The way I see it, the "problem" is not lack of weep holes, it is moisture intrusion. If I don't see a problem, then there's nothing for me to tell them to fix. Do you guys tell them to put weep holes in? If you do, I can't imagine you would advocate this on a 100 year old building that had no signs of moisture intrusion. If not for that building, then where and how do you draw the line?

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Hi Mike. Well I agree with you on that. In addition to the the lack of a through-wall flashing at the base of the wall, I'm looking at the poor detailing at the top of the brick veneer where it meets the wood trim. The flashing there does not extend out to the face of the brick and the top course has a low pitch. Seeing these problems at the top and the bottom of the veneer doesn't give me a lot of confidence that the water resistant barrier is properly detailed or that the mason took care to not let a lot of mortar fall into the air space when he built the wall.

That is exactly what I told the buyer (my cousin), and the Realtor (my aunt).

I just spent the last few hours reading through the BIA tech notes and printed a lot of useful info. Tech note # 28 figure 2(d) had some good info. for the concerns posted along with tech note 7.

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Thanks for the input, Brandon C. Your approach is pretty much what I've done in the past, but I've never been completely comfortable with it. Walter's point about not saying we don't see any problems is a good one, and something I hadn't considered before reading his response to my question.

I remain . . . a little unsure.

John

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I just thought I would update you guy's on what has happened so far. My cousin has an architect friend who works mostly on exterior details of buildings. He told my cousin (purchaser), that if they re- sloped the ledge and installed a waterproof sealant to the brick it should be fine. I gave him my opinion regarding this umm repair?.... just thought you all would be interested.

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I already sent him to the BIA website and the code info. I recommended that he have the veneer wall replaced from scratch.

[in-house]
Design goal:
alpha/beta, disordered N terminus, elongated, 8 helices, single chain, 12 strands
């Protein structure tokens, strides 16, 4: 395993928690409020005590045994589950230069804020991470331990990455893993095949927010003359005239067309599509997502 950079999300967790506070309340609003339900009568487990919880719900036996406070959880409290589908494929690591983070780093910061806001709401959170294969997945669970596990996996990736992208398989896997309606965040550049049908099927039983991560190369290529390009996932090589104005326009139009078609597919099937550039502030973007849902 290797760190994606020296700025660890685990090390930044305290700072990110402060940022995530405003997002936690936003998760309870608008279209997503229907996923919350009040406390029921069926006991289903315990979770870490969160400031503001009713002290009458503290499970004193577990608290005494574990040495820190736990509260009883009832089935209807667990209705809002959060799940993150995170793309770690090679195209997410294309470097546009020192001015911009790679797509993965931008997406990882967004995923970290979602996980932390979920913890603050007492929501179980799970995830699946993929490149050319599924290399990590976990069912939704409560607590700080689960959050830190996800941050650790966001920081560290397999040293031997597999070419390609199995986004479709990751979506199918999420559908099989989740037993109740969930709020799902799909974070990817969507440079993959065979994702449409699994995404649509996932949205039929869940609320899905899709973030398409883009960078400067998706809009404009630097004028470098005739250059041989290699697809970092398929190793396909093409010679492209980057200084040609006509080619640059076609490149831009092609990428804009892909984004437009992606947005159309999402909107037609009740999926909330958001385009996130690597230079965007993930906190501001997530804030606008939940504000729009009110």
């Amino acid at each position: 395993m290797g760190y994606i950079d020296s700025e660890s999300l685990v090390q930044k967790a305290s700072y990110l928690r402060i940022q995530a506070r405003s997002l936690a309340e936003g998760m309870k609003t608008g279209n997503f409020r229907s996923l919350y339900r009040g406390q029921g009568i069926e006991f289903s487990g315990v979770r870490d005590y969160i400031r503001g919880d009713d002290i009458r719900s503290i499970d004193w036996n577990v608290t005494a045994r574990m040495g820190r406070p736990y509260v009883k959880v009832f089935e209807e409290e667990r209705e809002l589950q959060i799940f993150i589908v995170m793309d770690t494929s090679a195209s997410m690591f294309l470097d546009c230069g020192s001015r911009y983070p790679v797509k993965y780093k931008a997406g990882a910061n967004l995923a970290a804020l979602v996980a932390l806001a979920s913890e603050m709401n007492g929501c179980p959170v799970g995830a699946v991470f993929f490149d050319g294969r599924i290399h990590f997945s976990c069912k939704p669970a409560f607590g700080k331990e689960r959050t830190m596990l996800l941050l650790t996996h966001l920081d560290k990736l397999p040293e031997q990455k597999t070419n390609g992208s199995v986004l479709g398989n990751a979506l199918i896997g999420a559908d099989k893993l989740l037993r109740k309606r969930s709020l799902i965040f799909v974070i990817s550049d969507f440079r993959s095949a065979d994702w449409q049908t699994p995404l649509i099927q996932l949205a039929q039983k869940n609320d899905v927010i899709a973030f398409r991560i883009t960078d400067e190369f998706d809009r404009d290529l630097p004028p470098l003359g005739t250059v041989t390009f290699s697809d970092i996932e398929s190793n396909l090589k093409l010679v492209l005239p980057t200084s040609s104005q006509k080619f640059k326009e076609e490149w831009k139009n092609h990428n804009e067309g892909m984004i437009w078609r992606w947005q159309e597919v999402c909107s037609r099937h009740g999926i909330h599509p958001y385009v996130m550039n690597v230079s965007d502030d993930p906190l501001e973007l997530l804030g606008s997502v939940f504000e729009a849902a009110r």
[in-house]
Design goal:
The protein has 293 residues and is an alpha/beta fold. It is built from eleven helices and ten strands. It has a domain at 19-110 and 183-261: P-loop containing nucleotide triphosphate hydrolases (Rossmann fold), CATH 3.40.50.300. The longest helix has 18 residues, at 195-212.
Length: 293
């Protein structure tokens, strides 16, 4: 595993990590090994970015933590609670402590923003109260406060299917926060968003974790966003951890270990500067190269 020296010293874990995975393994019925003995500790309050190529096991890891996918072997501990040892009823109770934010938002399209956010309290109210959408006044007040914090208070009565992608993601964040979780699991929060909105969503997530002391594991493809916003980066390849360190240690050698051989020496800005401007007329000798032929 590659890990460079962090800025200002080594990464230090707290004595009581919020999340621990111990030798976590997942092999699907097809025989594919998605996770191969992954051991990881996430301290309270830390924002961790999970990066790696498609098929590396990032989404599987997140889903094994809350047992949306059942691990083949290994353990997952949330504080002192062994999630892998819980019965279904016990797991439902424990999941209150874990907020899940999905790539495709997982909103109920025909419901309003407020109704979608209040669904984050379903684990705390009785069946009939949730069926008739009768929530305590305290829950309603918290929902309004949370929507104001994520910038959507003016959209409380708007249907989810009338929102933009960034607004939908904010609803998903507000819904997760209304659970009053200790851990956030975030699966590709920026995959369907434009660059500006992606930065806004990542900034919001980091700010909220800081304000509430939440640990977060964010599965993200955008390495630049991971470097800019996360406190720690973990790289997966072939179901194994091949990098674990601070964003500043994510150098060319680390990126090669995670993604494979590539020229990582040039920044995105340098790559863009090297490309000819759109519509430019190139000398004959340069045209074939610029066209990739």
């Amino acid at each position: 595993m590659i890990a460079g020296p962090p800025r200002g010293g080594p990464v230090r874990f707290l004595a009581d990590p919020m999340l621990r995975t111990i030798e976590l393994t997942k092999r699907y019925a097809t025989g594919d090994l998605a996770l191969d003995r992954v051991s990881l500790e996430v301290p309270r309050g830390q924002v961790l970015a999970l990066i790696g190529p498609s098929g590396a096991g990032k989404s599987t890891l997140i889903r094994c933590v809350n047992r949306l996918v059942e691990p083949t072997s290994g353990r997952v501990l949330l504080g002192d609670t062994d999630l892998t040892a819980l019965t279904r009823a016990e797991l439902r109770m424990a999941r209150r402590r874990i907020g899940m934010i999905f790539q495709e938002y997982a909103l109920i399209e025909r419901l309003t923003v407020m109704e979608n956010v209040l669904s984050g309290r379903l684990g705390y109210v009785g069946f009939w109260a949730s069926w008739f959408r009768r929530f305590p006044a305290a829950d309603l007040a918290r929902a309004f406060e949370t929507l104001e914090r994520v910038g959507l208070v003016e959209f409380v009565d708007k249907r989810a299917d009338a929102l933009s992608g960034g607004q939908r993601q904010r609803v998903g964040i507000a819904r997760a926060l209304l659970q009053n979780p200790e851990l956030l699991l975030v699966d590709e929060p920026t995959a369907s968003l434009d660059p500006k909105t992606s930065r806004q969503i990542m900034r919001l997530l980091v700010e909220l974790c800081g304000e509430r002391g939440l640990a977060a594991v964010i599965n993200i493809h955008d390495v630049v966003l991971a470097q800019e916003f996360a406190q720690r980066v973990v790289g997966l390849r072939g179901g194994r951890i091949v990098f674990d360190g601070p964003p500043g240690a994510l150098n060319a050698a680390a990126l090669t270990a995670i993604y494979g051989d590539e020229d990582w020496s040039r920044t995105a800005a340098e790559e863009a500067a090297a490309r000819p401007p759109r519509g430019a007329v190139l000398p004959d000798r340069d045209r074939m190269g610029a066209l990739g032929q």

I told him that the builder has to comply with at least bare min. code and if there were any arguments, to have the AHJ re- evaluate the veneer for code compliance, etc. What he does with this info. now is up to him.

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Originally posted by Brandon Chew

. . . The way I see it, the "problem" is not lack of weep holes, it is moisture intrusion.

Actually, with brick veneer, it's all about letting the water out. The water will get in no matter what you do. As long at the water can get out faster than it can get in, the wall will be fine. The drainage plane is behind the brick.

If I don't see a problem, then there's nothing for me to tell them to fix.

Well, except that in almost 100% of the cases where there's a problem, you can't see it till there's been significant damage. That's why brick veneer in new construction is such a crap shoot. If you install it wrong on 100 house, it perform just fine on some and cause some others to rot.

Do you guys tell them to put weep holes in?

There's no point. The weep holes are useless without flashing.

If you do, I can't imagine you would advocate this on a 100 year old building that had no signs of moisture intrusion.

Brick veneer on 100-year old buildings is exceedingly rare.

If not for that building, then where and how do you draw the line?

I believe that's the nut of the discussion.

Personally, I say something along the lines of, "If you buy this house, understand that, because the brick was installed incorrectly, there's a greater-than-average risk of concealed water damage in the walls. If you're unwilling to assume this risk, have the brick veneer reinstalled properly."

- Jim Katen, Oregon

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  • 2 weeks later...

Thanks for all of your help and info. regarding this issue. The builder's head mason evaluated the home and has agreed to repair the improper weep holes, flashing, etc.

I just wonder if it will be done right this time, and if they plan on repairing the hundred's of homes in the subdivision that were done the same way.....